Literally, COSD could not secure the pledge for our Cardano stake pool without the Frankenwallet.
I began documenting this standard in the first 4 epochs of the Cardano Shelley era, while creating the stake pool amidst very real fears about placing my entire life savings into a bare Cardano address without being able to know if the system I was working on was compromised.
We'd been "locked down" in a country without commonly available spare computers, so I came up with the idea of generating the stake pool keys on a persistent instance of Ubuntu Linux on a USB connected drive. I realised a modified Linux installation procedure would allow any stake pool operator (SPO) or demanding user to create a "cold environment" without needing the hardware of a second machine.
In that same period there was a sadly famous case of an SPO who was brave & noble enough to admit losing a million ada via an injection of crypto key harvesting malware via a Docker script. So I also chose to avoid shared images and scripts which users would be expected to use — often without being able to identify hackers with similar looking tools. Therefore the evolving Frankenwallet instructions, by contrast, are procedural or educational — outlining a flexible method for everyone to build their own image — rather than downloading a USB-compatible Ubuntu image which would eventually be subverted somehow.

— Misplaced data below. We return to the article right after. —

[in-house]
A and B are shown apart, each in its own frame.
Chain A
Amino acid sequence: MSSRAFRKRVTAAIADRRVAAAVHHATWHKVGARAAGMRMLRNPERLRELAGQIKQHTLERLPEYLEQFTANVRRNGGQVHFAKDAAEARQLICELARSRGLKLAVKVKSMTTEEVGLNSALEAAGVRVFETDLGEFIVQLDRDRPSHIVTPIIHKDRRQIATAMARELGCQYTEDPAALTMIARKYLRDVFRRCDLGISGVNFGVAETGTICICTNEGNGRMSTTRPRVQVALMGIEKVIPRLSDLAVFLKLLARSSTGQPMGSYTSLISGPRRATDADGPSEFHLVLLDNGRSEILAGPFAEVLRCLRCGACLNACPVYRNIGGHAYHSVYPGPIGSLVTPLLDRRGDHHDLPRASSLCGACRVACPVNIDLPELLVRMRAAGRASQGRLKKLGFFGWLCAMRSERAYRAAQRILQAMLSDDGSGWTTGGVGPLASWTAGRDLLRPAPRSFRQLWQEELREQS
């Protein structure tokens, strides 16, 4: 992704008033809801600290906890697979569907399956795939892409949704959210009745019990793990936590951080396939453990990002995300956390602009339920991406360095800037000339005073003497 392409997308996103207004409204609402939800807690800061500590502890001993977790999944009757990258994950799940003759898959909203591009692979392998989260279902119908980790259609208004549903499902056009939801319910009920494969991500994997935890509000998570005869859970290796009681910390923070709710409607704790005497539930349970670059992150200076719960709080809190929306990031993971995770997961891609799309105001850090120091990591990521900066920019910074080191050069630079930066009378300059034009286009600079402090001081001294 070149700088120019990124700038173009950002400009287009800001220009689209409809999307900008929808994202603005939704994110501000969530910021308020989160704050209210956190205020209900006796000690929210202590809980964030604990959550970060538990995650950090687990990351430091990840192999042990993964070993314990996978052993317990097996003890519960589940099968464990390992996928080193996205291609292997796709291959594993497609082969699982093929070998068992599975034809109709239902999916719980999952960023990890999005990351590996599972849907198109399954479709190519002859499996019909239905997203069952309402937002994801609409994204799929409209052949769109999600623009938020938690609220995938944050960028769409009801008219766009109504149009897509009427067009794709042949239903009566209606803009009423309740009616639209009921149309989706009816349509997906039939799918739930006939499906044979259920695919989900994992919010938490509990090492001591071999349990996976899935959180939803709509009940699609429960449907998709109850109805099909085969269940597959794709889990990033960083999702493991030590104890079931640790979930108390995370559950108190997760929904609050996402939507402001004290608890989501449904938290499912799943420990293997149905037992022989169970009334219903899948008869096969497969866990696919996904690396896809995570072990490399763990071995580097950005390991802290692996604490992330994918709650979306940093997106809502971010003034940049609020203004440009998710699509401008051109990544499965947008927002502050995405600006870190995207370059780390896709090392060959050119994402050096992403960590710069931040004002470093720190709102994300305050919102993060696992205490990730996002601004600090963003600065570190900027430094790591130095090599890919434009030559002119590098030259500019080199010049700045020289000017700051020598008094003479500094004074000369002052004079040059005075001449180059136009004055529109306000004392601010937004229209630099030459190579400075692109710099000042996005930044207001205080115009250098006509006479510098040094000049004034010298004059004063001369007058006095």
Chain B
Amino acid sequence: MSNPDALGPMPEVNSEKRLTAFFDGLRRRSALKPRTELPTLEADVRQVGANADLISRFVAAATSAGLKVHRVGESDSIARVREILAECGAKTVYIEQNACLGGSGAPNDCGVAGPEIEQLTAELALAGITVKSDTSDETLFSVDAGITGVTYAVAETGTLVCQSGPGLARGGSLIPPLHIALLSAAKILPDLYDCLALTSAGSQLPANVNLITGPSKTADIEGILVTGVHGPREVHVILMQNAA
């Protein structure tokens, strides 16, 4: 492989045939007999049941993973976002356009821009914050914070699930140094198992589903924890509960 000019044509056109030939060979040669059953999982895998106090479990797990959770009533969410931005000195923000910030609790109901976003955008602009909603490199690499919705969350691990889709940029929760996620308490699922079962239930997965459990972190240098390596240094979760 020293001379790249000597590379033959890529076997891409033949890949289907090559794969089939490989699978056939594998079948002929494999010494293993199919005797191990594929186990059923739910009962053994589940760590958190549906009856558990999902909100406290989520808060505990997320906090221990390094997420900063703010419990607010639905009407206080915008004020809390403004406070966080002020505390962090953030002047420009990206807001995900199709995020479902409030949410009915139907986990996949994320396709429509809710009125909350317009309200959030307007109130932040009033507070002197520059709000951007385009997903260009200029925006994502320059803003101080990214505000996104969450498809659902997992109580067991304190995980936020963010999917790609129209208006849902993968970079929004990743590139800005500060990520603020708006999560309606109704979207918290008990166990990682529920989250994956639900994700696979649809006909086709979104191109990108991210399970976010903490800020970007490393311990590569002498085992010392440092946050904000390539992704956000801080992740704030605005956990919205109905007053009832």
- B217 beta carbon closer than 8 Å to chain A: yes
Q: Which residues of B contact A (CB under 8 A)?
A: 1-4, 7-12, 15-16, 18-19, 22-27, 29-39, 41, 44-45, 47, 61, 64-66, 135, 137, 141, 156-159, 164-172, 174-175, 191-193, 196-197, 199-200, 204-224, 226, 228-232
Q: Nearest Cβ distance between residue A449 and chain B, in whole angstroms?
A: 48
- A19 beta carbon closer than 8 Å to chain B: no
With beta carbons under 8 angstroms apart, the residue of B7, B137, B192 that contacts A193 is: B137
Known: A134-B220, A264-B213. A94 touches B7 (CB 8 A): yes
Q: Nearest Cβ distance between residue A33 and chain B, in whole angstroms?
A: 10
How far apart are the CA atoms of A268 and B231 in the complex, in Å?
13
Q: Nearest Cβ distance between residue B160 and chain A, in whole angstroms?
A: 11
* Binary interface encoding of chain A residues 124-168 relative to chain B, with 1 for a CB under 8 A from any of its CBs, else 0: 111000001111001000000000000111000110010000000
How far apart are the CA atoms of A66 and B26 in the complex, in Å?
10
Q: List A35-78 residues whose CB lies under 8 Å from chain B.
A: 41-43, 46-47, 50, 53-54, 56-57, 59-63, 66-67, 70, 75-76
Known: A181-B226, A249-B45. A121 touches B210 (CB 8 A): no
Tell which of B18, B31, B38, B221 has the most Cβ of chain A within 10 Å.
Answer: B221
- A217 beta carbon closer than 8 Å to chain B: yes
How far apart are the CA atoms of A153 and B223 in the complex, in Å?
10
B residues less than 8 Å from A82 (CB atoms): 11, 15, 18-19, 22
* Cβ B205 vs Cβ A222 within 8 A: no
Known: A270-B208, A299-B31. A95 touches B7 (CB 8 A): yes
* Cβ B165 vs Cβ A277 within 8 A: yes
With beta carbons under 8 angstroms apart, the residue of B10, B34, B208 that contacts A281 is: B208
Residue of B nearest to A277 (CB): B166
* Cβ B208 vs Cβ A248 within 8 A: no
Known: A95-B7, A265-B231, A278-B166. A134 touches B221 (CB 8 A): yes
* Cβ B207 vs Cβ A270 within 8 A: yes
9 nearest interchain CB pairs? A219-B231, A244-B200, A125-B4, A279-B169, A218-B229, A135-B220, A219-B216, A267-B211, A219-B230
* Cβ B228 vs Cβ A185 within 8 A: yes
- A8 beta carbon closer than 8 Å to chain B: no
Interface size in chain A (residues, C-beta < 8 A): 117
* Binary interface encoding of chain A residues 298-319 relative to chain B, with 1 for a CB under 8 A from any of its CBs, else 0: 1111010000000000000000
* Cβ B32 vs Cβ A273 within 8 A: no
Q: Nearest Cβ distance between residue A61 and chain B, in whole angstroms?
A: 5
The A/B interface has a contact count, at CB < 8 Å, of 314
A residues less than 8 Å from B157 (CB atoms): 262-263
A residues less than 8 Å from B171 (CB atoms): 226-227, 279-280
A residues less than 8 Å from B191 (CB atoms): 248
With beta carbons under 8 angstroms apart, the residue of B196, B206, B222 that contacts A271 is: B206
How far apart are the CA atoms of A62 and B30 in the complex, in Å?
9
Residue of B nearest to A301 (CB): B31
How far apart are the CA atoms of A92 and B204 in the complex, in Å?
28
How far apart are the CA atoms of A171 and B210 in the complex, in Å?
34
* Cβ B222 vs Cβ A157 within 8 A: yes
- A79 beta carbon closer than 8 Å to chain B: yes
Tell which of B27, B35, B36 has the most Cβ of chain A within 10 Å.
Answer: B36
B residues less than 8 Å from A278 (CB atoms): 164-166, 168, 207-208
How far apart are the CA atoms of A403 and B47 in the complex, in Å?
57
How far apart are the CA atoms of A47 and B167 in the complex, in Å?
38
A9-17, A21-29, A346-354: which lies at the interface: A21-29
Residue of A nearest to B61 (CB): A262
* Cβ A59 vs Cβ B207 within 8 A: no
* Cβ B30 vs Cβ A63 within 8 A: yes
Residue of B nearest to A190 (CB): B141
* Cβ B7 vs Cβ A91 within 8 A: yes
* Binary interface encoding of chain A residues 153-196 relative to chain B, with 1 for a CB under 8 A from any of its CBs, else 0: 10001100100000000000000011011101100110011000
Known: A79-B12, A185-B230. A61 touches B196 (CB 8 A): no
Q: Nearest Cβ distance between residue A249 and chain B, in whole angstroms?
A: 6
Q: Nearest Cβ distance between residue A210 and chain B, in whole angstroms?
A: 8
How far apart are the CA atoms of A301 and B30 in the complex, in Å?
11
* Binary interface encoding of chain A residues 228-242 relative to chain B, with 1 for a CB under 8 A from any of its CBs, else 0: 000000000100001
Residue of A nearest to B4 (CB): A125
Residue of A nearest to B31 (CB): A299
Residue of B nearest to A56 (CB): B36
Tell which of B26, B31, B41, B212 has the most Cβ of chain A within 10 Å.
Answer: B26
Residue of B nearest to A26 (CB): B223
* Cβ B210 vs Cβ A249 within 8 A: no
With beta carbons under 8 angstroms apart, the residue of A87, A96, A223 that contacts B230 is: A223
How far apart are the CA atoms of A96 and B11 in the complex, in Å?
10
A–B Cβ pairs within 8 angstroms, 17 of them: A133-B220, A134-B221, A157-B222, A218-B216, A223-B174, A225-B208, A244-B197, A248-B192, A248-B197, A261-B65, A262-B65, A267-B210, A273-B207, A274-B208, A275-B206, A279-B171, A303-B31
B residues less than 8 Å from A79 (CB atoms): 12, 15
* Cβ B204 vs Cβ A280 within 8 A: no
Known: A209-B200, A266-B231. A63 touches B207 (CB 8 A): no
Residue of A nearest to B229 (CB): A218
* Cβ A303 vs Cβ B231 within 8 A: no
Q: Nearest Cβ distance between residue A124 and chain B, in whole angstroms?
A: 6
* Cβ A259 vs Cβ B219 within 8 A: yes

Even if a user's computer is known to be infected with malicious software, and even if the hardware has to be shared with others (like an inner-city library with public computers, or a shared computer in a African village schoolhouse), a safe booting environment for Cardano & other cryptocurrencies can be created with only the cost of a (hopefully fast) USB memory stick and a time commitment to follow these instructions.
Generally the Frankenwallet is offered here as a security sandbox… whether you are using it for simple transaction signing, configuring Cardano operations, or just an an extra partition to isolate your crypto wallet (or any software) from a system with a lower security standard.